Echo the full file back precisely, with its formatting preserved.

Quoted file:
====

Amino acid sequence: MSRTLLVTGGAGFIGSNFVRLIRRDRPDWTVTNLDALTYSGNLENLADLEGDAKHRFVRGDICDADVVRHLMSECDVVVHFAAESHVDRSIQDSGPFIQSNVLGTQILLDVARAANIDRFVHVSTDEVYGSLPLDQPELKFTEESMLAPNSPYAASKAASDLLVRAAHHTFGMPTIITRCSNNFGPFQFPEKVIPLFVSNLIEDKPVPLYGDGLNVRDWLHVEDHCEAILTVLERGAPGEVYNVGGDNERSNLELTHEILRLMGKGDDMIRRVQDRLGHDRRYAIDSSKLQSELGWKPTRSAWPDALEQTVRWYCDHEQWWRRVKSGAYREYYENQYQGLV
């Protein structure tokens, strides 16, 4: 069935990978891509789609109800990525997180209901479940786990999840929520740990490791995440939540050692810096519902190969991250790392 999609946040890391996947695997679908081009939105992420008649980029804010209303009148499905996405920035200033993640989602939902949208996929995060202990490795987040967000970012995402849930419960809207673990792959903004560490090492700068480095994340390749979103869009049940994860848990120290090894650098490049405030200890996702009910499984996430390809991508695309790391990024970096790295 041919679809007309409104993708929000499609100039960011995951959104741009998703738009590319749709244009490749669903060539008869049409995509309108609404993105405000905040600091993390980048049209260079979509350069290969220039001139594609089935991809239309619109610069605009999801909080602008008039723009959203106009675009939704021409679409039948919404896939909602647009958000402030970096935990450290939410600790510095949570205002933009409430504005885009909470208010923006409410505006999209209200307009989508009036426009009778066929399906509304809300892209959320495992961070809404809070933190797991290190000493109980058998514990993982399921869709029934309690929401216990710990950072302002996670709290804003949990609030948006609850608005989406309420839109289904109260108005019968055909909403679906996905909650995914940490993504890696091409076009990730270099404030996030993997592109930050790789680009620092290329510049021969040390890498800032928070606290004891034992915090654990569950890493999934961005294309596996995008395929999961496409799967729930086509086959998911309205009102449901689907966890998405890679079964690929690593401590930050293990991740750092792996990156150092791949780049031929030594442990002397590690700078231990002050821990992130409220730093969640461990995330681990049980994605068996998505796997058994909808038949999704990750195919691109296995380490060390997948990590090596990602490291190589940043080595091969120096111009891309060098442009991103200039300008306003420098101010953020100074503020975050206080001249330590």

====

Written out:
Amino acid sequence: MSRTLLVTGGAGFIGSNFVRLIRRDRPDWTVTNLDALTYSGNLENLADLEGDAKHRFVRGDICDADVVRHLMSECDVVVHFAAESHVDRSIQDSGPFIQSNVLGTQILLDVARAANIDRFVHVSTDEVYGSLPLDQPELKFTEESMLAPNSPYAASKAASDLLVRAAHHTFGMPTIITRCSNNFGPFQFPEKVIPLFVSNLIEDKPVPLYGDGLNVRDWLHVEDHCEAILTVLERGAPGEVYNVGGDNERSNLELTHEILRLMGKGDDMIRRVQDRLGHDRRYAIDSSKLQSELGWKPTRSAWPDALEQTVRWYCDHEQWWRRVKSGAYREYYENQYQGLV
């Protein structure tokens, strides 16, 4: 069935990978891509789609109800990525997180209901479940786990999840929520740990490791995440939540050692810096519902190969991250790392 999609946040890391996947695997679908081009939105992420008649980029804010209303009148499905996405920035200033993640989602939902949208996929995060202990490795987040967000970012995402849930419960809207673990792959903004560490090492700068480095994340390749979103869009049940994860848990120290090894650098490049405030200890996702009910499984996430390809991508695309790391990024970096790295 041919679809007309409104993708929000499609100039960011995951959104741009998703738009590319749709244009490749669903060539008869049409995509309108609404993105405000905040600091993390980048049209260079979509350069290969220039001139594609089935991809239309619109610069605009999801909080602008008039723009959203106009675009939704021409679409039948919404896939909602647009958000402030970096935990450290939410600790510095949570205002933009409430504005885009909470208010923006409410505006999209209200307009989508009036426009009778066929399906509304809300892209959320495992961070809404809070933190797991290190000493109980058998514990993982399921869709029934309690929401216990710990950072302002996670709290804003949990609030948006609850608005989406309420839109289904109260108005019968055909909403679906996905909650995914940490993504890696091409076009990730270099404030996030993997592109930050790789680009620092290329510049021969040390890498800032928070606290004891034992915090654990569950890493999934961005294309596996995008395929999961496409799967729930086509086959998911309205009102449901689907966890998405890679079964690929690593401590930050293990991740750092792996990156150092791949780049031929030594442990002397590690700078231990002050821990992130409220730093969640461990995330681990049980994605068996998505796997058994909808038949999704990750195919691109296995380490060390997948990590090596990602490291190589940043080595091969120096111009891309060098442009991103200039300008306003420098101010953020100074503020975050206080001249330590």